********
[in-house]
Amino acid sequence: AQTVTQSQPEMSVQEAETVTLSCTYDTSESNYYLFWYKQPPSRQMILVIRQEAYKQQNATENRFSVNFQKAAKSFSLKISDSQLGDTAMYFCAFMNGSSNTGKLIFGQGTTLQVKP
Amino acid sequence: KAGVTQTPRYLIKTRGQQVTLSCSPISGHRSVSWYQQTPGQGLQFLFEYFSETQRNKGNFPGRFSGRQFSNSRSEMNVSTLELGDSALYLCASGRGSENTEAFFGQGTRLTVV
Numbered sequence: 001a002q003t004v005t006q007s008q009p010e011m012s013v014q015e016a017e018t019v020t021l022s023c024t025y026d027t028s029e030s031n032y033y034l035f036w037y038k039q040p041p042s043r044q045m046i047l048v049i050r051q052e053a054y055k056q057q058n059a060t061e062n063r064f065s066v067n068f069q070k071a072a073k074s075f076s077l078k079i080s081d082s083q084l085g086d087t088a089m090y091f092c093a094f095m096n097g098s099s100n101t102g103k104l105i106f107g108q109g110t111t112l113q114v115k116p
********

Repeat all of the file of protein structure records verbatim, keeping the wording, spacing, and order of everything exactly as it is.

[in-house]
Amino acid sequence: AQTVTQSQPEMSVQEAETVTLSCTYDTSESNYYLFWYKQPPSRQMILVIRQEAYKQQNATENRFSVNFQKAAKSFSLKISDSQLGDTAMYFCAFMNGSSNTGKLIFGQGTTLQVKP
Amino acid sequence: KAGVTQTPRYLIKTRGQQVTLSCSPISGHRSVSWYQQTPGQGLQFLFEYFSETQRNKGNFPGRFSGRQFSNSRSEMNVSTLELGDSALYLCASGRGSENTEAFFGQGTRLTVV
Numbered sequence: 001a002q003t004v005t006q007s008q009p010e011m012s013v014q015e016a017e018t019v020t021l022s023c024t025y026d027t028s029e030s031n032y033y034l035f036w037y038k039q040p041p042s043r044q045m046i047l048v049i050r051q052e053a054y055k056q057q058n059a060t061e062n063r064f065s066v067n068f069q070k071a072a073k074s075f076s077l078k079i080s081d082s083q084l085g086d087t088a089m090y091f092c093a094f095m096n097g098s099s100n101t102g103k104l105i106f107g108q109g110t111t112l113q114v115k116p